When more Americans are driving EVs, rural communities cannot afford to be shut off from those travelers and tourists. Many of the public EV chargers currently installed in small towns are located in front of businesses, like restaurants or motels, that hope to get a boost from EV drivers stopping to recharge.
Tri-State Support for EV Chargers in Rural Communities
Tri-State Generation and Transmission Association is supporting its members’ efforts in the transition to EVs. This year, it launched the EV Experience Fleet. Tri-State has purchased several all-electric and plug-in electric hybrid vehicles, including sedans, minivans and, soon, trucks. Tri-State member cooperatives can borrow the vehicles for up to a month at a time for staff use and to hold Ride & Drive events in their communities. This will be especially helpful in rural communities where residents may not have easy access to such test drive opportunities.
Tri-State wanted to create a fleet of vehicles that would give our members the experience of an EV, enabling the members to help Tri-State understand more about what challenges may exist with driving EVs in their service territory, allowing Tri-State to identify areas where we can further assist the members.
The benefits of test drive opportunities have been shown by Tri-State member co-op Gunnison County Electric Association (GCEA). In 2015, it became the first cooperative in Colorado to install EV chargers and later began a program to let its consumer members borrow an EV.
“In my 21 years with co-ops, I’ve never seen anything that has created this level of engagement,” said GCEA CEO Mike McBride. “EV owners love to talk about and share their cars, and it turns out that members who get control of one exhibit the same tendency. They become ambassadors for both EVs and the co-op.”
Another Tri-State initiative is the nearly $2 million EV Infrastructure program, which is included in its bold new Responsible Energy Plan. For each of its members, Tri-State will reimburse up to $45,000 dollars for the infrastructure costs of Level 2 or Level 3 EV chargers.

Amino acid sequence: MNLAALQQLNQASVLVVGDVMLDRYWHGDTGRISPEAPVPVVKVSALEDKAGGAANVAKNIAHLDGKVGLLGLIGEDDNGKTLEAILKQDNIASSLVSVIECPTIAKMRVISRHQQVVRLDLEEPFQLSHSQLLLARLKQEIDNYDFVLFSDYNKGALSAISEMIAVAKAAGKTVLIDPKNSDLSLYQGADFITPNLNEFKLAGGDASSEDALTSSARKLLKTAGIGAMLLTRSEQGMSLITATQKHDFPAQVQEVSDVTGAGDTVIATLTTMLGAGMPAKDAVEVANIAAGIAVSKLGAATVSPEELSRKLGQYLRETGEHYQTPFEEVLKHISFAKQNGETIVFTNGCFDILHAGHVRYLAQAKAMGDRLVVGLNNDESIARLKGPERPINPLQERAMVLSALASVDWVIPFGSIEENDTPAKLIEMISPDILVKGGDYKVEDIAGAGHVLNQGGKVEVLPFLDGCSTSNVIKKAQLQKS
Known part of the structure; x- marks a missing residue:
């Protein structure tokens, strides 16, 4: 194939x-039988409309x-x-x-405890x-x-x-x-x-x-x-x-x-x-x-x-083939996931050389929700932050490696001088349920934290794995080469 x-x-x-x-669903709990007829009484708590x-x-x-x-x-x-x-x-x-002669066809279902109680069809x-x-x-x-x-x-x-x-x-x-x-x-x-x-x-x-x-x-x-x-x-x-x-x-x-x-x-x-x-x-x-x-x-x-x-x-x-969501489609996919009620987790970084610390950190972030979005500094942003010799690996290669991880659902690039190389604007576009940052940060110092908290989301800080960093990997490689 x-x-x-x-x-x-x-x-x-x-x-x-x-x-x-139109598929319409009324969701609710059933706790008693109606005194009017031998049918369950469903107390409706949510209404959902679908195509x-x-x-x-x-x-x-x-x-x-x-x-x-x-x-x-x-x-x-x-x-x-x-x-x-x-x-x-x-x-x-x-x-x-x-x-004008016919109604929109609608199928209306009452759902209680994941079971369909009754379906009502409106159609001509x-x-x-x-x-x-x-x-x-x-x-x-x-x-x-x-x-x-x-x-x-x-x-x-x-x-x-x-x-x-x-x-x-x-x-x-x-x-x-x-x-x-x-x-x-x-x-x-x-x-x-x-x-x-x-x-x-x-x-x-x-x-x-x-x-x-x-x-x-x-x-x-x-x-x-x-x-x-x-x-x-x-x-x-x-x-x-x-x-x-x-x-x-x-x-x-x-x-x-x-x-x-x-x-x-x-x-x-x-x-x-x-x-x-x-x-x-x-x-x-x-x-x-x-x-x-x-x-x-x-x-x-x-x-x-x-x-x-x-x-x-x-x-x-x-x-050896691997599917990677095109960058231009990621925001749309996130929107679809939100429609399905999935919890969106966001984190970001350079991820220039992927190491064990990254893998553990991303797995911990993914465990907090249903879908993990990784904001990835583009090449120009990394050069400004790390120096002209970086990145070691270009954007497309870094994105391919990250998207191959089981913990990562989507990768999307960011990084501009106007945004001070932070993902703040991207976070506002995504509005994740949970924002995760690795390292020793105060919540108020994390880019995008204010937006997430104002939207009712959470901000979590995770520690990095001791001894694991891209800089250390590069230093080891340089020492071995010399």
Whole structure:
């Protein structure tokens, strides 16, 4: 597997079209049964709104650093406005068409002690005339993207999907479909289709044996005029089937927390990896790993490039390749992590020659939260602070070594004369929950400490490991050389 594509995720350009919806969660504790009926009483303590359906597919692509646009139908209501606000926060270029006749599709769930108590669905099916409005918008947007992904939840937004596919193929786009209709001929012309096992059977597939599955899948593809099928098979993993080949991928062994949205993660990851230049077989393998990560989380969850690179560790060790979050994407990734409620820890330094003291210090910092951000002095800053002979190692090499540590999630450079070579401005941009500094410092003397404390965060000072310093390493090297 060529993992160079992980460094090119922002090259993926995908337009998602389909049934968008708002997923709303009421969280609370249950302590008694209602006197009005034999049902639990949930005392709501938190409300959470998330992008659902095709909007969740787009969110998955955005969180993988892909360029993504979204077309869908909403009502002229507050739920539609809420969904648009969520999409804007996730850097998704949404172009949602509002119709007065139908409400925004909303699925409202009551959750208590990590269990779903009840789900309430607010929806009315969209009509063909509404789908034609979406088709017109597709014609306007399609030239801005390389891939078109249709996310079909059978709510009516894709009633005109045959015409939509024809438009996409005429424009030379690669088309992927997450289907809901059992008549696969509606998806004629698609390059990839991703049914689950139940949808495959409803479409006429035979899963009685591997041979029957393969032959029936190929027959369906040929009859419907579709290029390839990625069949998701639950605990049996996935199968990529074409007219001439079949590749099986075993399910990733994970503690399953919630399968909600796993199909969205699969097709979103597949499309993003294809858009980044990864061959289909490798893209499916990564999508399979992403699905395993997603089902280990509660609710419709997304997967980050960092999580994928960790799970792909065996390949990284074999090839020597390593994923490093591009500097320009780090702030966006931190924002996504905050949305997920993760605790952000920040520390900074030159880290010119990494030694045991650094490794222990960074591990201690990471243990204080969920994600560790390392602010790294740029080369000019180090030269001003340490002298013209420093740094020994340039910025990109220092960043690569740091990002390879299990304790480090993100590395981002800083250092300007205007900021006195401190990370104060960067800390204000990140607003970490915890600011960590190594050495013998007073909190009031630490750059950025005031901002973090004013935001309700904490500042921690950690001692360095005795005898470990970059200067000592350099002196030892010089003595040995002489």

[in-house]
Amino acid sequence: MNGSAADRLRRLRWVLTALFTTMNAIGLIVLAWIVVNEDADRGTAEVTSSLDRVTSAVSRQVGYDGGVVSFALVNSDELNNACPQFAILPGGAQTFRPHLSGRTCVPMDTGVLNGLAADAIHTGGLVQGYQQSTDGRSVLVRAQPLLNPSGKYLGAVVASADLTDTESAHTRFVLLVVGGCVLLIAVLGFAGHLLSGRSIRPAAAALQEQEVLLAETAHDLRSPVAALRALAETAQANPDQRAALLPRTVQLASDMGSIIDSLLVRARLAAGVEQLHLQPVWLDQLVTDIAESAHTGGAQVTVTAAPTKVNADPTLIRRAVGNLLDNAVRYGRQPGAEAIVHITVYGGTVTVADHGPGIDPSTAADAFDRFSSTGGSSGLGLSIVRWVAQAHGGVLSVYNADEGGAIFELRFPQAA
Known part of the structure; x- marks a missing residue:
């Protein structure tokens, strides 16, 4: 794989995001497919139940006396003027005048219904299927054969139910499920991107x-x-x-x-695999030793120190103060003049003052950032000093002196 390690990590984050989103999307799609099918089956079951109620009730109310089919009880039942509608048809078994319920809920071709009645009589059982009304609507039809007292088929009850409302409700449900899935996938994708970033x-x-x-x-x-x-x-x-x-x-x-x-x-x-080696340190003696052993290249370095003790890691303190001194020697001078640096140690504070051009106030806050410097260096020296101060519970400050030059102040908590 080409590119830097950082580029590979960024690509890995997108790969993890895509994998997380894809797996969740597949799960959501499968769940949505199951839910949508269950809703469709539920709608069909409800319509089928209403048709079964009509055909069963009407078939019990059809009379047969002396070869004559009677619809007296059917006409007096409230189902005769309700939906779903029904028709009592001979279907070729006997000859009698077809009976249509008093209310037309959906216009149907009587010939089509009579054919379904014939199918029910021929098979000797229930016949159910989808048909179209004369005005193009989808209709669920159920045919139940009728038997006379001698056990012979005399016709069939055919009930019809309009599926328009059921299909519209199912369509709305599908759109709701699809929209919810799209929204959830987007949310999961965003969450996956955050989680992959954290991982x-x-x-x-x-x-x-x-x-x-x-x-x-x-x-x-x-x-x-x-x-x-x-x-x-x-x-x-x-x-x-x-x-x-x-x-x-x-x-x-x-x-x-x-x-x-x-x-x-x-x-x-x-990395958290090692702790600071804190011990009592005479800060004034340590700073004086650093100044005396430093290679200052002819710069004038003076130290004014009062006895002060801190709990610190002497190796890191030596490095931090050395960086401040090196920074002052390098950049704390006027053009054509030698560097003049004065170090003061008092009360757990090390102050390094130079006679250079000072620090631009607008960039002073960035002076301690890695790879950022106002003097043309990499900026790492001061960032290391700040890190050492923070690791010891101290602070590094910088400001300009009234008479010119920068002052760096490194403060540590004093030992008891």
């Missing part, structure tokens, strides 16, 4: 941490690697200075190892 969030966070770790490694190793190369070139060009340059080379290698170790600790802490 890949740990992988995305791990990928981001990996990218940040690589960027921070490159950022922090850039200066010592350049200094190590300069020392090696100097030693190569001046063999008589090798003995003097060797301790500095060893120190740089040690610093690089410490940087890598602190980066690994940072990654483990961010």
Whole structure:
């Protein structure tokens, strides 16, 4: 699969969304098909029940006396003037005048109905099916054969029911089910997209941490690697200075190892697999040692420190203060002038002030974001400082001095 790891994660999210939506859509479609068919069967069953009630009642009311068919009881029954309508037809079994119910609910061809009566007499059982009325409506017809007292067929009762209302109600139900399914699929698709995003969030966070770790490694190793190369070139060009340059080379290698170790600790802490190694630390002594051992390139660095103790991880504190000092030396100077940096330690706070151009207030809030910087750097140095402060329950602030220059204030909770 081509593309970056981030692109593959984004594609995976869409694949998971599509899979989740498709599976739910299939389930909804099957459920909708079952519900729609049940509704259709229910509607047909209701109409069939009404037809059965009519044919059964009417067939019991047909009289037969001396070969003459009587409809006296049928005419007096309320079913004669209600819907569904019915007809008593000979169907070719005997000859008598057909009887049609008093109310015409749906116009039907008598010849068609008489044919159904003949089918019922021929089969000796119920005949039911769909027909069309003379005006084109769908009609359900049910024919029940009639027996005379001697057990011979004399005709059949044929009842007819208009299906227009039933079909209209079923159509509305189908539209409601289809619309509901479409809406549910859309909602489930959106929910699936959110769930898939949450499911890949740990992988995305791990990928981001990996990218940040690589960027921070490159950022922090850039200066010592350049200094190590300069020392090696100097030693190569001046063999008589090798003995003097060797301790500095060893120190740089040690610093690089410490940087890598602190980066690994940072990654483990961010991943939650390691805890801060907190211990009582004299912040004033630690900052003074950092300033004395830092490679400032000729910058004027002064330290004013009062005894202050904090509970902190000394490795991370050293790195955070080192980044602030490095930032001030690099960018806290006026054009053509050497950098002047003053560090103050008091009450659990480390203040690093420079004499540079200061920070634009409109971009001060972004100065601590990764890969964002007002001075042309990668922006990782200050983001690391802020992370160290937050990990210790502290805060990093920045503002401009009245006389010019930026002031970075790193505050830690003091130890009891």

Level 2 chargers can be installed for as little as $10,000, but charge at a rate of 12 to 25 miles of range per hour, requiring several hours to fully charge an EV battery.
Level 3 chargers, called DC fast chargers, can provide a charging rate of up to 100 miles of range per hour, taking a battery up to 80% capacity in as little as 20 to 30 minutes. However, those DC fast chargers can cost more than $100,000 per unit to install. Because of the high costs, Tri-State members also evaluate additional financial support for these projects, frequently in the form of state or federal grants.
As more EVs take to the roads in the coming years, electric cooperatives also are investing in infrastructure to manage the larger demand on their systems. This is one of many areas where the benefit of cooperation among co-ops can be seen; Tri-State executives are in frequent communication with federal and state partners, including the Department of Energy. They are giving voice to their members’ needs and concerns.
In this case, they’re making sure their communities are also reaping the rewards of the latest energy and transportation advances.
Tri-State is a not-for-profit cooperative of 46 members, including 43 member utility electric distribution cooperatives and public power districts in four states, that together deliver reliable, affordable and responsible power to more than a million electricity consumers across nearly 200,000 square miles of the West.